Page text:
Just finished a flip and we thought it was proceed right but no showings. We go to visit it and the cul-de-sac looks like a used car lot. My guess is that people go to see it but don't even go inside. Any thoughts on remedying the problem?
I'm skeptical, frankly. Virtually anyone who goes to the trouble of making an appointment with an agent and driving out to a house is going to actually go inside.
The only thing I can think of is to watch for cars that are obviously being stored on the street. Many municipalities have ordinances which limit the number of hours a car can park in the same spot. The police will ticket violators.
If they are parked legally, I don't think there's much you can do.
Has the area been like that up to this point? (At purchase...during rehab, etc.) If this is normal for the area then I'm thinking that fact should have played a part in deciding to buy this property. In general I don't know that people care to buy a house with a "used car lot" out front. Could be a tough sell for you.
call the cops, tow company etc
@Richard - as a licensed agent I can tell you buyers do this all the time in the Atlanta market.
All others, thanks for the response. Was hoping for a secret weapon
Maybe a bribe.
Put a flyer on their car or knock on the neighbors door. Tell them the owner of the property really needs to sell the house as soon as possible and they need the street parking for the upcoming showings and open houses. The owner is offering a $100 gift card to walmart if you keep your vehicle parked in your own driveway this month and if they get a contract on the property.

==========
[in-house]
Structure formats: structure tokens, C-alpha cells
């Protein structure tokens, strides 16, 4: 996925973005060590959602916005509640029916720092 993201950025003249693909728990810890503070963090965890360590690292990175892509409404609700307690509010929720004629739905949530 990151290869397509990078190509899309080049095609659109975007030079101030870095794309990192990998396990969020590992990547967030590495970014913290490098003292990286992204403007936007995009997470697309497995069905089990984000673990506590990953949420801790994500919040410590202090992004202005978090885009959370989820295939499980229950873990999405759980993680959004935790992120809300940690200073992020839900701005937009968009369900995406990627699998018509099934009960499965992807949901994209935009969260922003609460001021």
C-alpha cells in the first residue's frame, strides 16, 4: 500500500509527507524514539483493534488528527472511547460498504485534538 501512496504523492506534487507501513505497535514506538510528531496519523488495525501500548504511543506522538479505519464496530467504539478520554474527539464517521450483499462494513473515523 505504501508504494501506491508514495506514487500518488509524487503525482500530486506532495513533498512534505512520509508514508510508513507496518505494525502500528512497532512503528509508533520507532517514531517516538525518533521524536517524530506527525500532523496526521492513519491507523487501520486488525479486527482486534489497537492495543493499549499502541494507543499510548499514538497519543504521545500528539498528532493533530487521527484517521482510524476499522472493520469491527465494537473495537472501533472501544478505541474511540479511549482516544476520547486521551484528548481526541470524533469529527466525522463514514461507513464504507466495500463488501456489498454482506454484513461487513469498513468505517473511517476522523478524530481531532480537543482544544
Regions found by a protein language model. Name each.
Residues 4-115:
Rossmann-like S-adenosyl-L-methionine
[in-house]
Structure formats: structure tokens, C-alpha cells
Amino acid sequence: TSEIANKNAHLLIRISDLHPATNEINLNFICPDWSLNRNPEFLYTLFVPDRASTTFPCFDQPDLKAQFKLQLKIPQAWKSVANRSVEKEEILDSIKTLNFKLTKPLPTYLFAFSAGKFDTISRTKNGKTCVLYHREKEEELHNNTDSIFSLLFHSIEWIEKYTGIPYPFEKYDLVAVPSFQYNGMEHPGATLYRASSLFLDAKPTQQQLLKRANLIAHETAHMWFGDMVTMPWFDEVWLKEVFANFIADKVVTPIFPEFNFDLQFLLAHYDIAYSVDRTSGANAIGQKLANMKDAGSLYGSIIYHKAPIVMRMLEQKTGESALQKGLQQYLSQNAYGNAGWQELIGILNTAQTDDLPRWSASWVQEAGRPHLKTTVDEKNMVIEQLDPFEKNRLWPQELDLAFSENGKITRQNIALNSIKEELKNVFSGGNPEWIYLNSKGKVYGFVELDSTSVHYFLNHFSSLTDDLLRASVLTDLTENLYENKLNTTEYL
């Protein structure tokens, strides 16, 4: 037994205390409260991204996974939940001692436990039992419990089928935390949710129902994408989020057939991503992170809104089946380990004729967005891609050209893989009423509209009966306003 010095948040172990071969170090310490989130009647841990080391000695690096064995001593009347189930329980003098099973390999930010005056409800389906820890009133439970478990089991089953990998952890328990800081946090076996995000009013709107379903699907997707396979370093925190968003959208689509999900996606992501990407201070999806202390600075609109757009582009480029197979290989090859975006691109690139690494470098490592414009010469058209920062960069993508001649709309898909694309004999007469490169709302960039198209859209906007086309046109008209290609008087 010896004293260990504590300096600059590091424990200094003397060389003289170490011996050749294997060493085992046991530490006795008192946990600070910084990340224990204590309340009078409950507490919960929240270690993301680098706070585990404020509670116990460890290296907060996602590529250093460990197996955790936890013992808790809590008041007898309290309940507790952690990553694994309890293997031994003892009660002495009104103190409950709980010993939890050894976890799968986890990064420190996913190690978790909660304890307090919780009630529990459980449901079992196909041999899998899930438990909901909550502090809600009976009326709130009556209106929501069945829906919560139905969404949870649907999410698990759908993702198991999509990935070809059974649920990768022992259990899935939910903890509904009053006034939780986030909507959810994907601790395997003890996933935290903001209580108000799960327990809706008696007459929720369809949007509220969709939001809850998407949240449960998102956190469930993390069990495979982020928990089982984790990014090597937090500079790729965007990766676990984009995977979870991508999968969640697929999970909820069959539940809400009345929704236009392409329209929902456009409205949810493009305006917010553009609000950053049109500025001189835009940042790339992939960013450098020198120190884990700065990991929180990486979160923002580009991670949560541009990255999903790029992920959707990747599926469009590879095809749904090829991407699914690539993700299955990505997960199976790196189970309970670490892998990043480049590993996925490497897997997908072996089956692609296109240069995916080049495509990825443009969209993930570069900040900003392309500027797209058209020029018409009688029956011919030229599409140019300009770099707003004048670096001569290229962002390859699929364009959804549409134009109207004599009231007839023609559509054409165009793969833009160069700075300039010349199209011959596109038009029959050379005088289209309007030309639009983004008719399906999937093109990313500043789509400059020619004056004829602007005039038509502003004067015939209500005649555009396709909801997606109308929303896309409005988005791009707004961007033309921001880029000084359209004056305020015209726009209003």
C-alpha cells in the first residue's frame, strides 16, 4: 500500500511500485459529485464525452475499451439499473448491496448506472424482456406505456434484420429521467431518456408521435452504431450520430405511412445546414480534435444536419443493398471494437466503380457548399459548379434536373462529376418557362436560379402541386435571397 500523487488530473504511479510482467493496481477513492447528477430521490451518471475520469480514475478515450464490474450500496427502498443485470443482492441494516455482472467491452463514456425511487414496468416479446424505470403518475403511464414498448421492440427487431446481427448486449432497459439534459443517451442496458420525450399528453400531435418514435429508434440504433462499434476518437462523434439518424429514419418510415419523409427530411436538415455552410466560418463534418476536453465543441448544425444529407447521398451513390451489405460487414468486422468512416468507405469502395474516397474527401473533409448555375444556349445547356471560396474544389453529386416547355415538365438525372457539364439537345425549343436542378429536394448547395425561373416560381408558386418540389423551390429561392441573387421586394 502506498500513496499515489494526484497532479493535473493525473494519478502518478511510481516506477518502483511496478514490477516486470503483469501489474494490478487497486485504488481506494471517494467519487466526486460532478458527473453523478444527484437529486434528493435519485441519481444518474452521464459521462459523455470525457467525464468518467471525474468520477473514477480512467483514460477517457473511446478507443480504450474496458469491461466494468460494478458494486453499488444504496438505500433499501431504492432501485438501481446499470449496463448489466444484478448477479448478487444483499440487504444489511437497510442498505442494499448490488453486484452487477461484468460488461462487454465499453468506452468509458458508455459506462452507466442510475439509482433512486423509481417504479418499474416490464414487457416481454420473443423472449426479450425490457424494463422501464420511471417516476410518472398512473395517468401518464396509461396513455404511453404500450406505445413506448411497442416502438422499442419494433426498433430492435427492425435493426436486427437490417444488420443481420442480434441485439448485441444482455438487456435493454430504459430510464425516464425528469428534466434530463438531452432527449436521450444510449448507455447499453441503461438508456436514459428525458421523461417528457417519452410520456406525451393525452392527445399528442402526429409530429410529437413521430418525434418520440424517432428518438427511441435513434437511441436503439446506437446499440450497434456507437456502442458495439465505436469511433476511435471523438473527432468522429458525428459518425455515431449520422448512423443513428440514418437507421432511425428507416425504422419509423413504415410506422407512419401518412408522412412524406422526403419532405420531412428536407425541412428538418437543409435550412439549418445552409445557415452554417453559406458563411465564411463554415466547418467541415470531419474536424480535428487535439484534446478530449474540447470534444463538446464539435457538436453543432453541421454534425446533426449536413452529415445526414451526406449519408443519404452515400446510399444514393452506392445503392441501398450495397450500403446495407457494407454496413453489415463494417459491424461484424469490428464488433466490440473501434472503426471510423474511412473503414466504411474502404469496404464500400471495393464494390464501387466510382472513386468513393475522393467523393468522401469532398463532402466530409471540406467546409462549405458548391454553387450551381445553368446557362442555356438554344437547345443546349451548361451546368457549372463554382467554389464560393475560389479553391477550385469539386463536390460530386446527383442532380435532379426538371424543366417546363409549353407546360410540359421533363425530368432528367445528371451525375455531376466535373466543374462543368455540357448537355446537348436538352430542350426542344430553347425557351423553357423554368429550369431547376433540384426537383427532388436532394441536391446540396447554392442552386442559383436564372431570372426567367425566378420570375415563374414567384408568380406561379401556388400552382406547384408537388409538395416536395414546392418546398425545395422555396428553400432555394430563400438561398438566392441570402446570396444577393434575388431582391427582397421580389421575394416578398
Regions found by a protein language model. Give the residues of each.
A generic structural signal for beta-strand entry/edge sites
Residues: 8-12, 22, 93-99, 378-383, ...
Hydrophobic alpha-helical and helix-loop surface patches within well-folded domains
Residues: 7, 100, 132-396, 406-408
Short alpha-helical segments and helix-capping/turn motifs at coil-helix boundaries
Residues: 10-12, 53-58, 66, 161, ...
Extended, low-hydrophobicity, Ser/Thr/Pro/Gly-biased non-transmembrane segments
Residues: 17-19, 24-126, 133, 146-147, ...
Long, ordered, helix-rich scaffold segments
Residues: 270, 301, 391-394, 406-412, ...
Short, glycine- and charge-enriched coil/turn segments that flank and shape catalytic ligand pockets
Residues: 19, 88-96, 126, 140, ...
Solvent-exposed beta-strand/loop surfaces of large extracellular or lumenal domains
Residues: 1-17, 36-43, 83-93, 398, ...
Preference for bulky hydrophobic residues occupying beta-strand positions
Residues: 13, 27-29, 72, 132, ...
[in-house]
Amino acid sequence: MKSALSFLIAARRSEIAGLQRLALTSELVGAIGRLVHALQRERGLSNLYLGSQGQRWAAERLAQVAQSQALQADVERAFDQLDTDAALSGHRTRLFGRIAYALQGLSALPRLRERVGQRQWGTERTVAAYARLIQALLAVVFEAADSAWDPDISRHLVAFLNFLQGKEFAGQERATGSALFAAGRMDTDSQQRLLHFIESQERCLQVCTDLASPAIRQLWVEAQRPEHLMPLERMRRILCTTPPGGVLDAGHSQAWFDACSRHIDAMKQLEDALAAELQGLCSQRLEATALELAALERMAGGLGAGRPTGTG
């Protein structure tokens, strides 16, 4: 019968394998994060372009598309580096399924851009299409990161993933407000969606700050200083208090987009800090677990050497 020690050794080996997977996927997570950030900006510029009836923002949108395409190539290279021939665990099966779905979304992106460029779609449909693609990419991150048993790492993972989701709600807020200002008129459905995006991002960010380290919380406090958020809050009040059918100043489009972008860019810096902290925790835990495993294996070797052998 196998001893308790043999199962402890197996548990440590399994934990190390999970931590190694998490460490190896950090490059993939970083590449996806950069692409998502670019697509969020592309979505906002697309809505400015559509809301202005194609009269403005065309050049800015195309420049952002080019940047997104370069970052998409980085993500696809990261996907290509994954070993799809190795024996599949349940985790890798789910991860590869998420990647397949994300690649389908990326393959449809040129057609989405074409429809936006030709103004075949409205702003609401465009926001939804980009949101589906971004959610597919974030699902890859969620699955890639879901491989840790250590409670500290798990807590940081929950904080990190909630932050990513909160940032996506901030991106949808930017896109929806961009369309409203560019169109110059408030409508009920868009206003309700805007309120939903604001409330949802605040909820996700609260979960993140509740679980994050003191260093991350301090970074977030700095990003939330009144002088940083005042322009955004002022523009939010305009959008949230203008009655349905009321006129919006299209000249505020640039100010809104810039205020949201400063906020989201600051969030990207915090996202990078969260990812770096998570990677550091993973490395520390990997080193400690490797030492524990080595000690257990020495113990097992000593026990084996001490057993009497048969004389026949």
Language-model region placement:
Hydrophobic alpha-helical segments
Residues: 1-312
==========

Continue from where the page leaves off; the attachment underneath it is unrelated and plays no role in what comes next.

It doesn't seem much different from when I have a rental vacancy. I tell the prospect the street and block number and tell them to visit if they haven't contacted me from my "for rent" sign out front. If they don't care for the area, they won't call back for a showing. So you have this similar thing happening it appears - buyers don't care for the area for whatever reason. As somebody else mentioned, that would have been a known factor before you bought, or at least it could have been discovered before buying. So now you have to figure out exactly what is wrong with the location, by contacting the agents who had scheduled the showings that were skipped.
When @Steve Babiak talks, people should listen. (Am I dating myself with an EF Hutton reference?)
As an agent myself, sometimes we just don't get to all the showings during our allotted timeframe. Sometimes we run out of time, especially at lunchtime showings. And sometimes we pull up to a house and discover the neighborhood isn't what we are looking for.
You should absolutely call the agents and ask why they didn't go inside. If it is indeed because of the used car lot, talk to the neighbors and ask if they can move the cars. They may say no but it never hurts to ask.
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